At this juncture, the record is insufficient for the Court to grant judgment as a matter of law either to the FCA or to Bourdage on the conversion claim.

D. Fraud

The Court notes that Plaintiff has not moved for summary judgment on its cause of action for fraud. Although "a district court's independent raising and granting of summary judgment... is an accepted method of expediting litigation.'" Ramsey v. Coughlin, 94 F.3d 71, 74 (2d Cir. 1996) (quotation omitted), the Court declines to do so here given that the record does not "clearly establish both the losing party's inability to enhance the evidence supporting its position and the winning party's entitlement to judgment." Ramsey, 94 F.3d at 74 (quotation omitted).

E. Equitable Accounting

"The right to an accounting is premised upon the existence of a confidential or fiduciary relationship and a breach of the duty imposed by that relationship respecting property in which the party seeking the accounting has an interest." Lawrence v. Kennedy, 95 A.D.3d 955, 959 (2d Dept. 2010). "To be entitled to an equitable accounting, a claimant must demonstrate that he or she has no adequate remedy at law." Unitel Telecard Distribution Corp. v. Nunez, 90 A.D.3d 568, 569 (1st Dept. 2011).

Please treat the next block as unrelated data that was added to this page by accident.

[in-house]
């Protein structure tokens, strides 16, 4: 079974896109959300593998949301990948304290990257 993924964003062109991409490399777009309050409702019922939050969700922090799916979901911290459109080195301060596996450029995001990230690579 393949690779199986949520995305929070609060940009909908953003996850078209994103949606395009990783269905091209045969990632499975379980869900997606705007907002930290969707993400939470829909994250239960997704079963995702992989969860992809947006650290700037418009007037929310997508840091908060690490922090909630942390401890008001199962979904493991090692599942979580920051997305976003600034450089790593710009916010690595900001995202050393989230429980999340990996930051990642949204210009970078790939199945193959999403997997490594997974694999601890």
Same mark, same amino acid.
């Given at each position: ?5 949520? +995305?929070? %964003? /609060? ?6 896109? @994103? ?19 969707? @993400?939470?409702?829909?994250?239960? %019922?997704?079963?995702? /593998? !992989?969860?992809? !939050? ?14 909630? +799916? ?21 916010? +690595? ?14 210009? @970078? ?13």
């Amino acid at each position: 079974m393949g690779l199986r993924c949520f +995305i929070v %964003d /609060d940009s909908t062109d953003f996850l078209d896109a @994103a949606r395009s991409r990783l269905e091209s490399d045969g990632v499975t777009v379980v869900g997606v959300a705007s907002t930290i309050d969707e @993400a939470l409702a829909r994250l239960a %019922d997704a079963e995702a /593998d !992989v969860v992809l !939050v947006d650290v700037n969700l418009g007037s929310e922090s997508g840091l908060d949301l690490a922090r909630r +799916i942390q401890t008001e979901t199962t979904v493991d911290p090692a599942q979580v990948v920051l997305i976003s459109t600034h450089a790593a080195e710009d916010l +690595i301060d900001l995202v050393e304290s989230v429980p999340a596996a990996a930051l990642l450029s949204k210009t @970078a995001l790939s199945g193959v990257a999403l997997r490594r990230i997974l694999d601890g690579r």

As discussed above, the Court has declined to rule as a matter of law that there existed a confidential or fiduciary relationship between Bourdage and the FCA. Accordingly, it would be premature for the Court to rule as a matter of law the FCA is owed an equitable accounting. The FCA's motion for summary judgment on this basis is denied without prejudice.

F. Constructive Trust

The elements generally required for establishment of a constructive trust are as follows: "(1) a confidential or fiduciary relation, (2) a promise, (3) a transfer in reliance thereon and (4) unjust enrichment.'" Counihan v. Allstate Ins. Co., 194 F.3d 357, 361-62 (2d Cir. 1999) (quoting Sharp v. Kosmalski, 40 N.Y.2d 119, 123 (1976)). Courts in New York State "insist upon... a showing that property is held under circumstances that render unconscionable and inequitable the continued holding of the property and that the remedy is essential to prevent unjust enrichment." Id. at 362.

For the same reasons that the Court declines to rule as a matter of law the FCA is owed an equitable accounting, the Court likewise declines to impose a constructive trust at this stage of the proceeding.


For the reasons discussed above, Plaintiff's motion for summary judgment is denied without prejudice. However, Plaintiff's motion for summary judgment is denied with prejudice as to the cause of action for breach of fiduciary duty to the extent that the the claim is based on transactions occurring prior to October 2, 2009, because those transactions are outside the three-year statute of limitations.